Thursday, July 16, 2009

Help the Palestinians with Boycott, Divestment and Sanctions!

1. There is a new masterminded plan for saving Israel that consists of boycotting anti-Israel musical personalities. The plan is being implemented by the Palestinian Authority.

No, that was not a misprint. The Palestinian Authority has gone to war and is operating a jihad against anti-Israel musical Jews.

It began with Leonard Cohen. As you recall, Lenny was planning to show his support for two states for two peoples in late September and do performances in Israel and in PLO-occupied Israel (meaning Ramallah). But then the Palestinians decided they could not possibly host a pro-Palestinian performer who was also performing for the Zionists. So they dis-invited Cohen.

Now Cohen is a milquetoast pacifist in comparison with arch-jihadi Daniel Barenboim, the anti-Israel anti-Jewish orchestra conductor who divides his time between conducting Wagner for the Germans in Germany and entertaining the suicide bomber wannabes in Ramallah. Danny Boy Barenboim has never hidden his desire to see the PLO achieve victory over the Jews.

Well, now the terrorists have decided to pull a Cohen in a bit of deja vu
all over again, and have decided they are also boycotting Barenboim. See this:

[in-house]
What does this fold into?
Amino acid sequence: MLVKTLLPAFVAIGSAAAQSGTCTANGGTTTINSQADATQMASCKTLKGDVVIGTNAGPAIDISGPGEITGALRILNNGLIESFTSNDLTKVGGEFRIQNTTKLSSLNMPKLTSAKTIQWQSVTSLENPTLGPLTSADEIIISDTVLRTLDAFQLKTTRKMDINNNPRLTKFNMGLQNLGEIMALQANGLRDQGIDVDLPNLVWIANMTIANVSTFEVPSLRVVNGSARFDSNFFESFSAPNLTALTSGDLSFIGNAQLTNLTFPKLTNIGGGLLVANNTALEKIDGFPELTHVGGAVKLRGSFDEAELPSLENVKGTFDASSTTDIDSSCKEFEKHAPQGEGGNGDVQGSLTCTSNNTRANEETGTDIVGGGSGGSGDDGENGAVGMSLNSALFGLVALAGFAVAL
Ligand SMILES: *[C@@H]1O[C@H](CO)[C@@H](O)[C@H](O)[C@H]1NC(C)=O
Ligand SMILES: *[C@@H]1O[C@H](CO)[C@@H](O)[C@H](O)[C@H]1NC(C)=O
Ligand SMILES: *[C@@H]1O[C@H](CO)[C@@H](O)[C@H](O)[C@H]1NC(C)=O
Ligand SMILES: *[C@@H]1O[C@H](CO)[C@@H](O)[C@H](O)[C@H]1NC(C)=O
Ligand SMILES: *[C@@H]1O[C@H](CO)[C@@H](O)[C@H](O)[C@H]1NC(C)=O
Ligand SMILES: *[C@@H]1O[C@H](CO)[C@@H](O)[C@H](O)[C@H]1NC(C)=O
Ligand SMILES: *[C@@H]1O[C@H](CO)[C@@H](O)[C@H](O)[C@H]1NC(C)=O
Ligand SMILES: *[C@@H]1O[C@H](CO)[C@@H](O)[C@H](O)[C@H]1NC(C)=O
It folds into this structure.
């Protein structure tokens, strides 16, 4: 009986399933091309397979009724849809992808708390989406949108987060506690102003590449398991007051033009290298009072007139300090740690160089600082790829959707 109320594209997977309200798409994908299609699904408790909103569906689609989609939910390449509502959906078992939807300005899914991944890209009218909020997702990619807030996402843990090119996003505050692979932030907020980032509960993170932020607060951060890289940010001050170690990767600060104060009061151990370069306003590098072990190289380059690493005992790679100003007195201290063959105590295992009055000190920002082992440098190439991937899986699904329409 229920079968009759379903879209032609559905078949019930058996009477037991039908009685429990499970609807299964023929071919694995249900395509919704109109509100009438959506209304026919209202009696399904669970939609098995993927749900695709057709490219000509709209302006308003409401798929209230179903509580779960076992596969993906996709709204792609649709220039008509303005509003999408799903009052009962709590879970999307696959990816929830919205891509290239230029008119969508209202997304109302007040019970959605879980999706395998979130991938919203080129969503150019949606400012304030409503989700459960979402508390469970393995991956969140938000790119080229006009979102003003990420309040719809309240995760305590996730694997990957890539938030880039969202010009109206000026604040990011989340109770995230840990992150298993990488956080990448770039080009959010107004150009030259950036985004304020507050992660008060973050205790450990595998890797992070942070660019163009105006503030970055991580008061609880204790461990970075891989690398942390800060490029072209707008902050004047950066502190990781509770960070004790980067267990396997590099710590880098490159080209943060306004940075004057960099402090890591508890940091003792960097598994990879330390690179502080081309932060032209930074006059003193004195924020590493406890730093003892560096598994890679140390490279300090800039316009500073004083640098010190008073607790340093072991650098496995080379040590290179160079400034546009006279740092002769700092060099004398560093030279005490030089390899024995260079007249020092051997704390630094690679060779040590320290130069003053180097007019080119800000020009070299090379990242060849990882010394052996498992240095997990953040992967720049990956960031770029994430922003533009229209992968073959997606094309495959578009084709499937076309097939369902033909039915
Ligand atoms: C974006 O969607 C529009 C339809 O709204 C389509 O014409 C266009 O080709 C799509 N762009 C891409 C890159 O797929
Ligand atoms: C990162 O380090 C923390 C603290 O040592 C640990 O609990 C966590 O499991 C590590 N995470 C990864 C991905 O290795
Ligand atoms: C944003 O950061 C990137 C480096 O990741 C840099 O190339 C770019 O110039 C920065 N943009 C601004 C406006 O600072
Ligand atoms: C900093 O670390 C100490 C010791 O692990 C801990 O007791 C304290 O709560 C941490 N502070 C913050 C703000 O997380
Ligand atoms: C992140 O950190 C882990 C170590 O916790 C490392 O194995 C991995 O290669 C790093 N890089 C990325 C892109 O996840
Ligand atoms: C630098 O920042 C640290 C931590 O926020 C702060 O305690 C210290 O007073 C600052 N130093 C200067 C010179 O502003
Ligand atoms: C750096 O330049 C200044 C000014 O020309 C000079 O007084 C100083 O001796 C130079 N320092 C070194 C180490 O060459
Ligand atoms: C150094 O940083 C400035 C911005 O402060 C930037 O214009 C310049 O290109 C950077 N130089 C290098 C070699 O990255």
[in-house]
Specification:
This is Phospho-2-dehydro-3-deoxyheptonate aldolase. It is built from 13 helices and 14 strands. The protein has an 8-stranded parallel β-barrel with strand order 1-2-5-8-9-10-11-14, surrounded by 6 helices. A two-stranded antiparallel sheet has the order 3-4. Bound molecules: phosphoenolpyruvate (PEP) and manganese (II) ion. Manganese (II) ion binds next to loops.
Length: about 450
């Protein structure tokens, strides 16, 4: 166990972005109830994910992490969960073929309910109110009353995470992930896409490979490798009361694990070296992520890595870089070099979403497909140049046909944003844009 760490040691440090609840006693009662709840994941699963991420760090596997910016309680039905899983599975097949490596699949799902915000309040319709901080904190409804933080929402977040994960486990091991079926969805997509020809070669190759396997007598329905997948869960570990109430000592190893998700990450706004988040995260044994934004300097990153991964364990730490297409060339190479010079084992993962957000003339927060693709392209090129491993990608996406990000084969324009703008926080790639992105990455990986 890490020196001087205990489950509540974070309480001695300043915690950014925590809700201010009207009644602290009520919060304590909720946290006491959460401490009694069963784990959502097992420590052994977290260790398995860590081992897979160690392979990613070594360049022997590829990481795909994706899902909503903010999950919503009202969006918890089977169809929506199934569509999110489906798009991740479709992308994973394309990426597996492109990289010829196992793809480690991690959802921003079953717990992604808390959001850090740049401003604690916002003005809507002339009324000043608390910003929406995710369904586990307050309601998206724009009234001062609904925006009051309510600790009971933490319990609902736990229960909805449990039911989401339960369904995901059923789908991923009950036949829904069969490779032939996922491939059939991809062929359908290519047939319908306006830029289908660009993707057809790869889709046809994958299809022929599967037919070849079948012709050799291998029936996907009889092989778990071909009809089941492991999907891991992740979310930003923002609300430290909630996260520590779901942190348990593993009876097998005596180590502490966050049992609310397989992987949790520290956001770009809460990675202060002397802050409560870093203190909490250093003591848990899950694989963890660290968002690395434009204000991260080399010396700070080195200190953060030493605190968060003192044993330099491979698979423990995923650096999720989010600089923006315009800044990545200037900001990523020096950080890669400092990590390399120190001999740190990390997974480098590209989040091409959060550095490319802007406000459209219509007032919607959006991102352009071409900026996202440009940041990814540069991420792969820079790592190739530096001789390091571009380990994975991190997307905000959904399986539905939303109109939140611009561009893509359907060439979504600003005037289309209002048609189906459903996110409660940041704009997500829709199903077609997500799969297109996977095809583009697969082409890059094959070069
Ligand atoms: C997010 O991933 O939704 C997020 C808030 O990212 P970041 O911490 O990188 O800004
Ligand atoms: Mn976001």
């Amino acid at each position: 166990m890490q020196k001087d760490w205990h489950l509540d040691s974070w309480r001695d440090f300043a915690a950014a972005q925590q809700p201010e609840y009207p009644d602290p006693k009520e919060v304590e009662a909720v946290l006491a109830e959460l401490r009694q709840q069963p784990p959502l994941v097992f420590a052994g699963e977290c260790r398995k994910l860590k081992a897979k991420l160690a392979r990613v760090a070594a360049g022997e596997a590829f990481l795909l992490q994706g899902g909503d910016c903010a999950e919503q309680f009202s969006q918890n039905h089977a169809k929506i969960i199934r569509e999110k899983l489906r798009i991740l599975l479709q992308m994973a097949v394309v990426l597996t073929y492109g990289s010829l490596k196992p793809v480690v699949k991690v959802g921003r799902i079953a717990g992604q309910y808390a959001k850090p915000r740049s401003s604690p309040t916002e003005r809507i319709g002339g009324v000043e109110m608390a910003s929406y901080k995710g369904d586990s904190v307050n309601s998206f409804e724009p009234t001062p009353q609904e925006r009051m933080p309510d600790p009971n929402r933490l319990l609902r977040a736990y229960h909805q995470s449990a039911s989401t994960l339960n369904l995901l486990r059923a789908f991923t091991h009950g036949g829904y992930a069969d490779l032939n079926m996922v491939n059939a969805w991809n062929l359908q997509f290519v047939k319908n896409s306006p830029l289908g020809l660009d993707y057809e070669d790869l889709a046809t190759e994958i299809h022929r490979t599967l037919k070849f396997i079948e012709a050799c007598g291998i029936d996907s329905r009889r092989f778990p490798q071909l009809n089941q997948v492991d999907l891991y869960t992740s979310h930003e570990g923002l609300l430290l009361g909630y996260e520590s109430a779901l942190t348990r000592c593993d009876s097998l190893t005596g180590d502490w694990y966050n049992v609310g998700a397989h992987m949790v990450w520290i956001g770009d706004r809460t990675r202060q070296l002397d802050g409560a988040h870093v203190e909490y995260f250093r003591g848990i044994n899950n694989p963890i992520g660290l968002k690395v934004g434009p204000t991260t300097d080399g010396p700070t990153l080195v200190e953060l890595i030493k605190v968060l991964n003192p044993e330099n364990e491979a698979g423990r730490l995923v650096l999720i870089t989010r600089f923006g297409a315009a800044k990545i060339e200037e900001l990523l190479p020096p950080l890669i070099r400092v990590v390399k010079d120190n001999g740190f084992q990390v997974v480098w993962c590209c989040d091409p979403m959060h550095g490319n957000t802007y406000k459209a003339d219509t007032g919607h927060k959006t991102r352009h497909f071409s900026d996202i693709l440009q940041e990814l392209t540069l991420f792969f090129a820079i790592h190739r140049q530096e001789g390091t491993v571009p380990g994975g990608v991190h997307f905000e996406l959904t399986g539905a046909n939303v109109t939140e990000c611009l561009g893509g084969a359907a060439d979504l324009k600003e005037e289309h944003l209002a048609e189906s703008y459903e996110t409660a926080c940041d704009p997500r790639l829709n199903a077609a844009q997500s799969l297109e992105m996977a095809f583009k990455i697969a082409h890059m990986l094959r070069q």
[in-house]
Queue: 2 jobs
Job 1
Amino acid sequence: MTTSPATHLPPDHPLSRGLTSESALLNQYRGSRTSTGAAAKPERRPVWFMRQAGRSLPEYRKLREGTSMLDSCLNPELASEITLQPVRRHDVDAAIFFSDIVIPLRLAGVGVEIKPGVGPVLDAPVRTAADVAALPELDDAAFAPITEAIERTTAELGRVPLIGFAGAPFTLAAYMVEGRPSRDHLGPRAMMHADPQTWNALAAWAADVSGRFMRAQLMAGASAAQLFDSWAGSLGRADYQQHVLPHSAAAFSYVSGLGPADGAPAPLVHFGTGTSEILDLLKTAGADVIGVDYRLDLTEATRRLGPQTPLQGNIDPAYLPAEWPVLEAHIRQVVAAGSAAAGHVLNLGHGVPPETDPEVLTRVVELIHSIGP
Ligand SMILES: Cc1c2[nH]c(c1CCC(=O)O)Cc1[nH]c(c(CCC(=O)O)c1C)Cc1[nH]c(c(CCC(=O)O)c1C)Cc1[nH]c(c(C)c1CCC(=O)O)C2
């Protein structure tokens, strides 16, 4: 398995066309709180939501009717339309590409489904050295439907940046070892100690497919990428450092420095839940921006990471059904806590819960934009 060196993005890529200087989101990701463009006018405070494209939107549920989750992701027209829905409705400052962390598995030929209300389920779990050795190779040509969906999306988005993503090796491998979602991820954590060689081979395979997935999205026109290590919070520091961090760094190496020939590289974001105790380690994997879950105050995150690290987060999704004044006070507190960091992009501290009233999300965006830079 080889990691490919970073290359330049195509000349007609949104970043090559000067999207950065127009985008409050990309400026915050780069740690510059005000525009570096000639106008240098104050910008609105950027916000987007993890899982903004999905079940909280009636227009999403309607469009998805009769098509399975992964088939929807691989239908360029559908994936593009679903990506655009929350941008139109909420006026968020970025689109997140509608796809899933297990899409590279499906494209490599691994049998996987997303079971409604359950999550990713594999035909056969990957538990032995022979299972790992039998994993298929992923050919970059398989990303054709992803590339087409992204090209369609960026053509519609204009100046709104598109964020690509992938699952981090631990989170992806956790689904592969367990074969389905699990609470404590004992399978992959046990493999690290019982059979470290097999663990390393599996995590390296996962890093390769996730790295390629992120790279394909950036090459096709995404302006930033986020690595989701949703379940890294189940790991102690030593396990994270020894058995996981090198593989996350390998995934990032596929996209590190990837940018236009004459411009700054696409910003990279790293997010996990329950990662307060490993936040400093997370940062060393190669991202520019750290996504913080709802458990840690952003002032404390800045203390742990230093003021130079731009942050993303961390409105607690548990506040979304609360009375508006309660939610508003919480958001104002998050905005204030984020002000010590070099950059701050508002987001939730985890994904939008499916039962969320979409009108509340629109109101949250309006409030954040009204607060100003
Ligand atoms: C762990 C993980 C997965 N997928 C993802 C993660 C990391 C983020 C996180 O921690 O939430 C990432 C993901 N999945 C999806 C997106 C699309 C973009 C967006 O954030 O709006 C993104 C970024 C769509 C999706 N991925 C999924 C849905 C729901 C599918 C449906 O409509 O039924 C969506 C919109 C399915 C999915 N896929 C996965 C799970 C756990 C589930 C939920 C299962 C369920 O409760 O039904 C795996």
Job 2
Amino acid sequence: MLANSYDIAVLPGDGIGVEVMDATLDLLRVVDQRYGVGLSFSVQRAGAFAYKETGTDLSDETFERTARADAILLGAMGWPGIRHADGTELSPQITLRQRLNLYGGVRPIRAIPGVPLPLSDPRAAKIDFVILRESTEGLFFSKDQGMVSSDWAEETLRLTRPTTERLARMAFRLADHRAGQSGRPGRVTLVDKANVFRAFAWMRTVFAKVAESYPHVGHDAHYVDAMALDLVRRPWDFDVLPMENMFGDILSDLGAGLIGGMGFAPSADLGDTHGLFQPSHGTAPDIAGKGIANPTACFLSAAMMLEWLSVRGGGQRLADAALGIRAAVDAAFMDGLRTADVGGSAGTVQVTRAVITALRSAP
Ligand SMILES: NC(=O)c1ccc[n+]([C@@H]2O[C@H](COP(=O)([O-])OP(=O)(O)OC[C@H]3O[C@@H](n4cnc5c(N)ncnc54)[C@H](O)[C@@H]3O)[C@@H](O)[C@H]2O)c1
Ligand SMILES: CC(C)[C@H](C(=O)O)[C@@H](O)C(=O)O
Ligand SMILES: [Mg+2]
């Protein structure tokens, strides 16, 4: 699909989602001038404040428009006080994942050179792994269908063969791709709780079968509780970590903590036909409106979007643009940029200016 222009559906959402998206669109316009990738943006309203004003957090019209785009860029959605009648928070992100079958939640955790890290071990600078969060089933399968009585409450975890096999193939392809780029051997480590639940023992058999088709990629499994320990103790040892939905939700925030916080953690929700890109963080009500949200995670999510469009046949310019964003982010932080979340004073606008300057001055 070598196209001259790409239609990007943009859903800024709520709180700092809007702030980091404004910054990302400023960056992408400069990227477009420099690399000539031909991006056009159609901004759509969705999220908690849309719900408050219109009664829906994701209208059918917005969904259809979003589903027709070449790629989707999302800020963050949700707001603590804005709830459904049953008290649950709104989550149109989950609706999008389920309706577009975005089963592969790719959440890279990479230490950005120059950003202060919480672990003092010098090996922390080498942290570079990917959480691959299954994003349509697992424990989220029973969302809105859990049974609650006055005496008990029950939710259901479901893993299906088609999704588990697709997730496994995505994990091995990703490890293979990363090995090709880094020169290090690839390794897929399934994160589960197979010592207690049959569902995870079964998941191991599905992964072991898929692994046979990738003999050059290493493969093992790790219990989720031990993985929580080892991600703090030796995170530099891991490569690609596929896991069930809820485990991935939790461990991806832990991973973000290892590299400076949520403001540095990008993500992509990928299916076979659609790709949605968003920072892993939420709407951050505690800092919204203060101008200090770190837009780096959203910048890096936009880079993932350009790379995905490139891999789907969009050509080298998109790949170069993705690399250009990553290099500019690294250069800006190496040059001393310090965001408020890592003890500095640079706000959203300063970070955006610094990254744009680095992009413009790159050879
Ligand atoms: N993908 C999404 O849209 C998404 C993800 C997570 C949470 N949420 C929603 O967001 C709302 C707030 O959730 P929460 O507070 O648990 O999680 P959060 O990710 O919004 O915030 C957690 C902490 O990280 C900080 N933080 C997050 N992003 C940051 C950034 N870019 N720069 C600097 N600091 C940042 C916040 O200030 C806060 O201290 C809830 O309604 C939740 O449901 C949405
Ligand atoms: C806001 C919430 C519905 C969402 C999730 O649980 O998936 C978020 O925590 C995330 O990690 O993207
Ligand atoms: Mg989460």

Barenboim has never committed the same sin as Leonard Cohen of insisting
that the Jewish state has the right to exist, but he still managed to
upset the
terrorhoids anyway by not calling for Israel's annihilation in tones sufficiently to their liking.

Now, I think this is the beginning of a great friendship, Louie. I think we should not only support these efforts by the Palestinians to boycott anti-Israel Jews but we should launch a whole movement of support. I suggest we call it the BDS movement, where BDS stands for Boycott, Divestment, Sanctions, and the idea is to apply BDS against leftist Jews who pander to Palestinians barbarians.

Since the PLO is now also boycotting al-Jazeera (see, the prospects for our collaborating with it seem endless!

2. I think I have found a cure not only for the Middle East conflict but also for half the problems inside the United States. The solution? Send Hillary Clinton for a state visit to Sudan? Why? Because in Sudan they now whip women who wear pants suits. Really!

The news story about this is here:,7340,L-3747451,00.html Sudan has taken a fashion stand against pants suits on women. Violators are being publicly flogged.

And while we are at it, how about send in the same plane to Sudan Tzipi Livni, Oprah Winfrey, the President of Ben Gurion University, Sherri Blair, Shelly Yachimovich, etc etc etc

3. Four cheers for Noam Bedein:

4. What settlers?,7340,L-3746681,00.html

5. Those public figures from the Left and Right inside Israel who are having hysterics against Netanyahu's proposal to privatize land in Israel should read this: